WASHINGTON — “No contract, no coal” chanted some 150 United Mine Workers of America members and their supporters at a rally here Nov. 18 in support of striking miners locked in a bitter strike battle against Warrior Met mine bosses in Brookwood, Alabama. The action took place outside Fidelity Investments, one of the largest shareholders at Warrior Met.
It was one of six protests that day in cities across the country and in Melbourne, Australia. More solidarity actions are needed as bosses turn to the courts to try to use state power to stifle the miners’ fight. An Oct. 27 restraining order by Tuscaloosa County Circuit Court Judge James Roberts banned picketing and all union activity within 300 yards of the Brookwood mines. The ban has been extended twice and currently runs until Dec. 5.
It is one of the most severe restrictions the labor movement has faced in decades, attacking the constitutional right to free assembly, as mine owners push to break the UMWA.
“We could be where the Warrior Met miners are tomorrow,” Jeffery Harris, a miner from Harris Number One mine in Boone County, West Virginia, told the Militant at the rally. “The company where I work could do the same thing.”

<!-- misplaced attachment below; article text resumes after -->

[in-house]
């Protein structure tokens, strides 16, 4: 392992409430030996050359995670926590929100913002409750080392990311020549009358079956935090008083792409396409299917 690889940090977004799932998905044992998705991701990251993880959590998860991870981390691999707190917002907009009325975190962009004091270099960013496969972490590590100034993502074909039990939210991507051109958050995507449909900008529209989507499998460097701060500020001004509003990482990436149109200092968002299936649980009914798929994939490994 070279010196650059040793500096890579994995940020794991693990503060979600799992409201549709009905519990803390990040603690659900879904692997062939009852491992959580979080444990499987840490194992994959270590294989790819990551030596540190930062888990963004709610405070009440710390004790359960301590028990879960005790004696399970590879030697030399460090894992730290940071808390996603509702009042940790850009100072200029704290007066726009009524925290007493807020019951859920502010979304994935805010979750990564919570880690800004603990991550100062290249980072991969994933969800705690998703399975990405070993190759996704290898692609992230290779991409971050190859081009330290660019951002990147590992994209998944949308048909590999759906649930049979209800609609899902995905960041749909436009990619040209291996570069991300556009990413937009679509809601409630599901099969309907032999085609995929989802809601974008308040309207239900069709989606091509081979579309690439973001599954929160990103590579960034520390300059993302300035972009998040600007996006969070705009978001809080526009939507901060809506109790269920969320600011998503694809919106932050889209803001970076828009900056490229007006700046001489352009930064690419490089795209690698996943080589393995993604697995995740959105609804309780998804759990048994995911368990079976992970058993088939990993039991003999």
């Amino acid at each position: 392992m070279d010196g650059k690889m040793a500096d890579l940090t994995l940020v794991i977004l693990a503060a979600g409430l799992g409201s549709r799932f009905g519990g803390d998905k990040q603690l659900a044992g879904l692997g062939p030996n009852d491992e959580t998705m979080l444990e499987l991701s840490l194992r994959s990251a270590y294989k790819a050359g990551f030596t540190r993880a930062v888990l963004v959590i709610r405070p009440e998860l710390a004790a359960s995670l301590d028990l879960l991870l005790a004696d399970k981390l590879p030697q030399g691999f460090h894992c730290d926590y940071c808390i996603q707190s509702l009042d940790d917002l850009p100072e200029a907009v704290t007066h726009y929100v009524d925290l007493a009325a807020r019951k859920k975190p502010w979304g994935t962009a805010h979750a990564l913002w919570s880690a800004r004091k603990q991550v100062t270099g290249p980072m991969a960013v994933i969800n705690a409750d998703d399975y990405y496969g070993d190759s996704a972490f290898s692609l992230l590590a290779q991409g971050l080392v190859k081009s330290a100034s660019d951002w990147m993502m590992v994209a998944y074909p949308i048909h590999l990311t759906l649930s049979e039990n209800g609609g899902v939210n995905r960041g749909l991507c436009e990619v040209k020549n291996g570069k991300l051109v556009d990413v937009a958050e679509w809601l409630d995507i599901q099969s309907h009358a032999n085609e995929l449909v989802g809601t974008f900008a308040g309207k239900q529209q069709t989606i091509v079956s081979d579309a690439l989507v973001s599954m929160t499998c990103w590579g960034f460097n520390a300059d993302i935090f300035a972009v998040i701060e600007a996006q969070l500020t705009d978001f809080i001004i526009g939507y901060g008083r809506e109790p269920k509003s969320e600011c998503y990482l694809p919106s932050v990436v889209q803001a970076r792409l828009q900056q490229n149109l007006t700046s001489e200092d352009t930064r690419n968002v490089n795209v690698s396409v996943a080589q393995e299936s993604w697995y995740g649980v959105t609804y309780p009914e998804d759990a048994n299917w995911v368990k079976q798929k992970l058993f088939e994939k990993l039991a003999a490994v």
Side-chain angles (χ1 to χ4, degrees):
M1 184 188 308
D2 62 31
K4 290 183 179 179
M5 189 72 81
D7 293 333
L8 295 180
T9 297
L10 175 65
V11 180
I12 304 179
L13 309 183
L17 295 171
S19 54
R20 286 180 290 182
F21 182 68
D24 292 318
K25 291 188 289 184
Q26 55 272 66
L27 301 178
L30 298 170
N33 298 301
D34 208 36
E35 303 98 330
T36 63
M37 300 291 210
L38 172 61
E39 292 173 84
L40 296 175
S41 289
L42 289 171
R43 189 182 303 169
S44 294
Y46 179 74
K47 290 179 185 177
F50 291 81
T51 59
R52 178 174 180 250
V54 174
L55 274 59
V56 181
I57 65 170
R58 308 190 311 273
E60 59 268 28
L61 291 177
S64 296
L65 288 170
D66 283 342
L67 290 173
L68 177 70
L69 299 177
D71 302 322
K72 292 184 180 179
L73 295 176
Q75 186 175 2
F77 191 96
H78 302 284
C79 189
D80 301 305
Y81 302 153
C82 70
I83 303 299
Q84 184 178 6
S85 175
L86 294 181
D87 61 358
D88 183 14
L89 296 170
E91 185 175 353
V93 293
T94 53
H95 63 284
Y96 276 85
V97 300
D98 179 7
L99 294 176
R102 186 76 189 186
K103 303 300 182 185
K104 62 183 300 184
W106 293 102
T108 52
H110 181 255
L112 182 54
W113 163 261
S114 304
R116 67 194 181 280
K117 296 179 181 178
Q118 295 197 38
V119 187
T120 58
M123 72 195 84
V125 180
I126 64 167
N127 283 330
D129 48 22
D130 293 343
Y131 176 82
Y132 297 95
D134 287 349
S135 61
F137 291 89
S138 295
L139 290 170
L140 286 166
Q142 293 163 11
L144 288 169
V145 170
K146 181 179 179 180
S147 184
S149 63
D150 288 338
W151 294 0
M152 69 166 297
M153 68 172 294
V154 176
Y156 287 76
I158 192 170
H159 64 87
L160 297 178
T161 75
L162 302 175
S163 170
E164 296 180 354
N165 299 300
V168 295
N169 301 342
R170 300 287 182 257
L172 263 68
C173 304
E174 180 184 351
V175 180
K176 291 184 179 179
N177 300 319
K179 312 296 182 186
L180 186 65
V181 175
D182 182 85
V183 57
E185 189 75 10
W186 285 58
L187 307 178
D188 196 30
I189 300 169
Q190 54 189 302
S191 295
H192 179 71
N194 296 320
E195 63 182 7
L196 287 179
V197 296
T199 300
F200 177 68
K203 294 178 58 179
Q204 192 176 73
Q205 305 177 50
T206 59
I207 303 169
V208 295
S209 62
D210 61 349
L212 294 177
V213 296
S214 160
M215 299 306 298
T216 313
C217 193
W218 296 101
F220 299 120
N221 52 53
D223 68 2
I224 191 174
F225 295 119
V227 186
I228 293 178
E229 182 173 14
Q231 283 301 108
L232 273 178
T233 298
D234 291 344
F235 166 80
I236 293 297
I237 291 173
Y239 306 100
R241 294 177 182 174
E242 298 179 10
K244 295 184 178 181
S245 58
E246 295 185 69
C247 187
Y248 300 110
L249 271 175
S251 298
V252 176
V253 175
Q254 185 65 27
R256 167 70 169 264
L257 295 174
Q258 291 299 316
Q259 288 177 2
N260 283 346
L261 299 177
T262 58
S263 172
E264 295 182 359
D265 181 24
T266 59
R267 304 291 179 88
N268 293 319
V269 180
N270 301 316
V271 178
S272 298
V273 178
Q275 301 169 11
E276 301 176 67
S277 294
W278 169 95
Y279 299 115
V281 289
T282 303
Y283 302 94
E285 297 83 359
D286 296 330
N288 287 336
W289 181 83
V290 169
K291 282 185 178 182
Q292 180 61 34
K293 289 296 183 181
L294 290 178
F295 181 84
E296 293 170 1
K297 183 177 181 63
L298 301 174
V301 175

Some 1,100 UMWA members went on strike at Warrior Met April 1, after bosses refused to reverse concessions imposed in 2016 after the previous owner, Jim Walter Resources, went bankrupt and demanded miners make concessions to let the mines get back on their feet. Wage cuts of $6 an hour were forced on miners, along with reductions to retirement benefits and health insurance. This year, bosses reneged on promises they made to reverse the cuts once the mine returned to profitability.
Harris described how bosses at the mine where he works also used bankruptcy proceedings to threaten to cut medical coverage and overturn the union’s contract a few years ago.
Eventually “we did get a contract,” he said, “but they could try it again. Workers are standing up. They think we are supposed to bow down but from now on we are going to fight.”
The majority of miners and their families at the rally came in on buses from West Virginia and Kentucky, many from generations of mining families. AFL-CIO President Liz Shuler and Sara Nelson, president of the Association of Flight Attendants-CWA, were among those who addressed the crowd.
Some three dozen miners and supporters rallied the same day on the steps of the state capitol in Montgomery, Alabama, to demand Gov. Kay Ivey end her use of state troopers to escort strikebreakers across UMWA picket lines. Bosses at Warrior Met have violence-baited the union, claiming strikers have assaulted scabs.
UMWA President Cecil Roberts condemned Ivey’s use of the Alabama State Police. “This is all about which side are you on,” he told the rally.